This afternoon Lindy Burns from ABC 774 interviewed me at an outside broadcast located at Southern Cross Station to discuss public transport issues in the lead up to the November state election.
Lindy stated that public transport and transport in general were major issues for the November State Election and highlighted the improvements that are required to ensure a frequent, reliable coordinated and readily available public transport system. As an example, in 1992 the frequency of trains were improved on the Sandringham line and overall coordination was increased. Due to these service improvements patronage increased by 38% demonstrating how crucial frequency improvements are to improving public transport modal share.
Unfortunately, over the last seven years the State Government has delivered nothing more than just tokenistic public transport improvements and nowhere is this more apparent than the bus network, which still fails to provide frequencies comparable to the train or tram network.
The $10.5 billion that was allocated over the next decade through the Transport and Liveability Statement (known as Meeting Our Transport Challenges) is more than enough to solve Melbourne’s transport woes but grossly misallocated. Rather than petty gestures priorities should have included rail network expansion in areas such as South Morang and Cranbourne East, both of which were promised rail extensions back in 1999. Instead the State Government is forcing the people of South Morang to now wait at least 10 to 15 years for their promised line and yet Whittlesea is fortunate compared to Cranbourne East, where the government has decided to neglect Melbourne’s fastest growing urban corridor by failing to plan or deliver the Cranbourne East rail extension.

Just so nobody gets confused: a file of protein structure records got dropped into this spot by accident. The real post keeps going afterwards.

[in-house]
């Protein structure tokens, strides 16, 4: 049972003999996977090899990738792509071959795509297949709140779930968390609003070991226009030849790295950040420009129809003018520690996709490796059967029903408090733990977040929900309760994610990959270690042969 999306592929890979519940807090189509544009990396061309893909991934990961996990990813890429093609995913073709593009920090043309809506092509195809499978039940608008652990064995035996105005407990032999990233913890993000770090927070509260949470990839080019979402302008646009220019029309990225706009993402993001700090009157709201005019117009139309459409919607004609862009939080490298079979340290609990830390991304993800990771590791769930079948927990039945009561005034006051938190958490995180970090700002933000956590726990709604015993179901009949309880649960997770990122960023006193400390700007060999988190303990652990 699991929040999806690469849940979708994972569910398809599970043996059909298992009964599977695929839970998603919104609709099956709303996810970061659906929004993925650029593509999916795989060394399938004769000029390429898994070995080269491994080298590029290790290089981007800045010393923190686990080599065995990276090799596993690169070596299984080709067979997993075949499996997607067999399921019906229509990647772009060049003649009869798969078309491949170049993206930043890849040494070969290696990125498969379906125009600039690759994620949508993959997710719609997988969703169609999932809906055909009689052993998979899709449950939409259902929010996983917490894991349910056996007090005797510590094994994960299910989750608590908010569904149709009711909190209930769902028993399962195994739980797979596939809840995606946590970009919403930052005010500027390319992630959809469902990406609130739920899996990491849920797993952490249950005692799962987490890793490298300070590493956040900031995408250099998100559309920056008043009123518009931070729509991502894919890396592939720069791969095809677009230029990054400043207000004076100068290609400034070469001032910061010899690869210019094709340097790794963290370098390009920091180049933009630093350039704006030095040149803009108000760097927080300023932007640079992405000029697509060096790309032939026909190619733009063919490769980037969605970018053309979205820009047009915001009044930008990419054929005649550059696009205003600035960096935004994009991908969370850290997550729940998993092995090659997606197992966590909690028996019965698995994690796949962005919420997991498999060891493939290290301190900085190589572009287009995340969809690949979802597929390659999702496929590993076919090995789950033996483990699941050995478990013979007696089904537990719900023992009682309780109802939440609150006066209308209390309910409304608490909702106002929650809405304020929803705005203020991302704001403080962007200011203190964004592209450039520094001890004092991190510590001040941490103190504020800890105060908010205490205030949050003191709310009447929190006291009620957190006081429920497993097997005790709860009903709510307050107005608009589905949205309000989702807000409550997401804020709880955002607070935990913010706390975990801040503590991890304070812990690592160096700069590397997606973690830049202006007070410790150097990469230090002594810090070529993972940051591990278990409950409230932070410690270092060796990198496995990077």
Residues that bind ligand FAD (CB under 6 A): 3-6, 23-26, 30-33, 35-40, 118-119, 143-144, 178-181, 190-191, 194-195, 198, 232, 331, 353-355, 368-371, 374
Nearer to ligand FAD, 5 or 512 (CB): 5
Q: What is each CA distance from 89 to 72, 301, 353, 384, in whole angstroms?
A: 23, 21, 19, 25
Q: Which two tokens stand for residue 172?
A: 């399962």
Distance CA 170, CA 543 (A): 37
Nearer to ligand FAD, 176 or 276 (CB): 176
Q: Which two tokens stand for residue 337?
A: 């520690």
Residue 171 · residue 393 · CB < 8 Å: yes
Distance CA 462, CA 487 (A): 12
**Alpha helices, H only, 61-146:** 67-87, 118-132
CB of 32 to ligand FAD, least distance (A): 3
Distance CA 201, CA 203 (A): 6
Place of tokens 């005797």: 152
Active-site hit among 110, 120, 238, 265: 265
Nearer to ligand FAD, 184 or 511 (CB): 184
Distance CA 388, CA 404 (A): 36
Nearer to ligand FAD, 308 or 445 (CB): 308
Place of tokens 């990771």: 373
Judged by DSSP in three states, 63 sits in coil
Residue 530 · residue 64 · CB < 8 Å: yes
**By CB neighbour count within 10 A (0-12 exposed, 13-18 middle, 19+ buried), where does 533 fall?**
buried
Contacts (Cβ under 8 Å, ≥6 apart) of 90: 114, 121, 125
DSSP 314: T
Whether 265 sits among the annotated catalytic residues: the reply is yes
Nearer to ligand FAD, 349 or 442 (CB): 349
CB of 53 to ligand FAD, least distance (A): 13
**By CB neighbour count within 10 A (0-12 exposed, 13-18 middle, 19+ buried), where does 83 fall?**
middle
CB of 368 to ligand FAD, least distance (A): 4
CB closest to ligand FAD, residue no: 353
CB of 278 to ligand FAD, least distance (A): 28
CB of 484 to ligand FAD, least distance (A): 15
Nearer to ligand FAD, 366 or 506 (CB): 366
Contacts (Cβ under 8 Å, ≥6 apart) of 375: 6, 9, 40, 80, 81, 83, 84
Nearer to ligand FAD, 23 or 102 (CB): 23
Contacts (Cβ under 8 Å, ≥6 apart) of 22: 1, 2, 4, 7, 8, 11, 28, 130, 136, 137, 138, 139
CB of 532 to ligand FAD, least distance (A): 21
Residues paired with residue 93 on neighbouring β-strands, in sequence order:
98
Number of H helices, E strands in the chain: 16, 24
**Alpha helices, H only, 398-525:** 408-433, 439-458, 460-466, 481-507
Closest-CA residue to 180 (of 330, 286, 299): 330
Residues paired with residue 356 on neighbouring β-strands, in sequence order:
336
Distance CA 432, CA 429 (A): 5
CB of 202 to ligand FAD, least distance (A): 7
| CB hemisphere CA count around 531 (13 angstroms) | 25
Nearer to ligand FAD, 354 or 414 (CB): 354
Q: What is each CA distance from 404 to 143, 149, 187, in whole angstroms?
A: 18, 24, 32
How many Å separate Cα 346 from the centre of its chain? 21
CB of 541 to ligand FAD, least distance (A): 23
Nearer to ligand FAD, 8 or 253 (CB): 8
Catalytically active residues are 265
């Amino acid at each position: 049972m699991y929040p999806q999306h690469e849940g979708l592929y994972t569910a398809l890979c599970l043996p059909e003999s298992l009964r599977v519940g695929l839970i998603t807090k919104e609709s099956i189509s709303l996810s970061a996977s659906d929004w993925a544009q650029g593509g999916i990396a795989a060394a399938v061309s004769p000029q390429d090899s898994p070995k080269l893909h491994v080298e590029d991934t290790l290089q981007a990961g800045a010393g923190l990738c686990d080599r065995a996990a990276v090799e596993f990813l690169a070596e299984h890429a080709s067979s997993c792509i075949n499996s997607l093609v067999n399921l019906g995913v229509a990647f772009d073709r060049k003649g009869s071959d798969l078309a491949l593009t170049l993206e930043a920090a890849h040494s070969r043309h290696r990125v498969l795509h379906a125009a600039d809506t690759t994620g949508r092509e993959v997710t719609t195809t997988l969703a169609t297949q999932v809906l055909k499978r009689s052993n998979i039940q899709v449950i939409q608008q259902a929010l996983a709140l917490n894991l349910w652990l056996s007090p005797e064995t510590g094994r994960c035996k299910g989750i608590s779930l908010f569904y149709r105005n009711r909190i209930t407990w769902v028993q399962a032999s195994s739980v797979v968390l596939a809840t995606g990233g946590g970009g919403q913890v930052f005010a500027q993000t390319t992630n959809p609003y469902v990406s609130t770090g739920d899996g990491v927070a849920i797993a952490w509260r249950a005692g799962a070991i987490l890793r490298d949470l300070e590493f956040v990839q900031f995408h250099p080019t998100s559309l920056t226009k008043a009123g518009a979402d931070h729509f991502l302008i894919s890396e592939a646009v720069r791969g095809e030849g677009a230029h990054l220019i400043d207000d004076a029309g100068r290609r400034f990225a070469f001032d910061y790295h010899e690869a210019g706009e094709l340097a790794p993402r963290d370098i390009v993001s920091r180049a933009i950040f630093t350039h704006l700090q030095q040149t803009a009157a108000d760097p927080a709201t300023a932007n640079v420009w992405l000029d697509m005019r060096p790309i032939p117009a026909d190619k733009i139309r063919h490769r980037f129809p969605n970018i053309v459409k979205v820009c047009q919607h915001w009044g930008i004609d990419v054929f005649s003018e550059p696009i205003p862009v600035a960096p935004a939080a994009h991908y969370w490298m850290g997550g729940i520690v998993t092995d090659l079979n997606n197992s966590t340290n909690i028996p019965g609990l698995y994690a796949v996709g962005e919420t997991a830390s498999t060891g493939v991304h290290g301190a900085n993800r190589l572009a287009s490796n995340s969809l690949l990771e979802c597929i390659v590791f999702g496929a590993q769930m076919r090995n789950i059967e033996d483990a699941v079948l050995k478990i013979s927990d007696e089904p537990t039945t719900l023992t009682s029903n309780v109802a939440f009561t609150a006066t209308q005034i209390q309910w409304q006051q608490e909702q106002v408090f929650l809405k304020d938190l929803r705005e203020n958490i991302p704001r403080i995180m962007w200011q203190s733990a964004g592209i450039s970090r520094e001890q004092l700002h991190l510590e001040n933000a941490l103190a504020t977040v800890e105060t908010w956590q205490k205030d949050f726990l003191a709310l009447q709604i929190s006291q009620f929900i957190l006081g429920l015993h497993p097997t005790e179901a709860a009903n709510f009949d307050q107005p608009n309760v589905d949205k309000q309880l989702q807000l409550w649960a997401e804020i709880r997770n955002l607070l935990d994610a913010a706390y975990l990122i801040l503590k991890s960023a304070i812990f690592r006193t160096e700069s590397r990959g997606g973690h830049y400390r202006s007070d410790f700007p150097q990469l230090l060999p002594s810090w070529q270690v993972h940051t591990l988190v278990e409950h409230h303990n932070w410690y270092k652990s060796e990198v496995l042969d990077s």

While rail extensions are crucial for Melbourne’s growth areas, there is also a need to enhance the level of bus services to a standard comparable to the well-patronised tram network. Currently, most of Melbourne’s bus network is very confusing due to highly convoluted routes that are in a dire need of being overhauled.
The success of Perth, which has prioritised public transport projects, through doubling its rail network and providing frequent bus services, has allowed enhanced mobility and demonstrates just how far behind Melbourne is when it comes to international and national best practices.
With just over four weeks to the next State Election it is imperative that our political parties commit to securing the economic, social and environmental success of Melbourne by pledging to deliver real public transport improvements. After seven years of rhetoric Melbourne’s public transport system needs urgent action.